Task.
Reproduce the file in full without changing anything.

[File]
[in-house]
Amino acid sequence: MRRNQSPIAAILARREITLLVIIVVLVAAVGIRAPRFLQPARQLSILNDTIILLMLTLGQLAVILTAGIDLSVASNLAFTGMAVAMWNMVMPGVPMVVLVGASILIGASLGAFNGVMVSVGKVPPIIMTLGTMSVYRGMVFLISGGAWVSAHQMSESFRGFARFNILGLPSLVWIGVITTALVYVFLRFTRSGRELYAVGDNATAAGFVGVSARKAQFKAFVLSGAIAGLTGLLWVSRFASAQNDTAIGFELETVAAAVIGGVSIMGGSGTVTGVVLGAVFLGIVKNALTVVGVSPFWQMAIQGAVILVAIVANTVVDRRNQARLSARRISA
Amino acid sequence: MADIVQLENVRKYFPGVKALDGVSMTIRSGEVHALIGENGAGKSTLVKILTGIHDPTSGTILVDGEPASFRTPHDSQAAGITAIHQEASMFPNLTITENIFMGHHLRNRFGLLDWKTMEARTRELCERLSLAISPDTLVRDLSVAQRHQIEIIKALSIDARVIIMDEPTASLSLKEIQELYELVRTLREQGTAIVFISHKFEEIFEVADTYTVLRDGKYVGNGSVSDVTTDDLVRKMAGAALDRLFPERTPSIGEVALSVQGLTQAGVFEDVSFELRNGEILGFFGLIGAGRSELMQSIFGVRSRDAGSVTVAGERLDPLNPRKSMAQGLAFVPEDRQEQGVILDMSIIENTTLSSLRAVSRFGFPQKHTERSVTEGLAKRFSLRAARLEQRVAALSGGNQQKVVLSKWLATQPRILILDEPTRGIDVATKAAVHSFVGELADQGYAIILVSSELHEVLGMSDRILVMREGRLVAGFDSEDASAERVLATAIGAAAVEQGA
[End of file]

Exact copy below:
[in-house]
Amino acid sequence: MRRNQSPIAAILARREITLLVIIVVLVAAVGIRAPRFLQPARQLSILNDTIILLMLTLGQLAVILTAGIDLSVASNLAFTGMAVAMWNMVMPGVPMVVLVGASILIGASLGAFNGVMVSVGKVPPIIMTLGTMSVYRGMVFLISGGAWVSAHQMSESFRGFARFNILGLPSLVWIGVITTALVYVFLRFTRSGRELYAVGDNATAAGFVGVSARKAQFKAFVLSGAIAGLTGLLWVSRFASAQNDTAIGFELETVAAAVIGGVSIMGGSGTVTGVVLGAVFLGIVKNALTVVGVSPFWQMAIQGAVILVAIVANTVVDRRNQARLSARRISA
Amino acid sequence: MADIVQLENVRKYFPGVKALDGVSMTIRSGEVHALIGENGAGKSTLVKILTGIHDPTSGTILVDGEPASFRTPHDSQAAGITAIHQEASMFPNLTITENIFMGHHLRNRFGLLDWKTMEARTRELCERLSLAISPDTLVRDLSVAQRHQIEIIKALSIDARVIIMDEPTASLSLKEIQELYELVRTLREQGTAIVFISHKFEEIFEVADTYTVLRDGKYVGNGSVSDVTTDDLVRKMAGAALDRLFPERTPSIGEVALSVQGLTQAGVFEDVSFELRNGEILGFFGLIGAGRSELMQSIFGVRSRDAGSVTVAGERLDPLNPRKSMAQGLAFVPEDRQEQGVILDMSIIENTTLSSLRAVSRFGFPQKHTERSVTEGLAKRFSLRAARLEQRVAALSGGNQQKVVLSKWLATQPRILILDEPTRGIDVATKAAVHSFVGELADQGYAIILVSSELHEVLGMSDRILVMREGRLVAGFDSEDASAERVLATAIGAAAVEQGA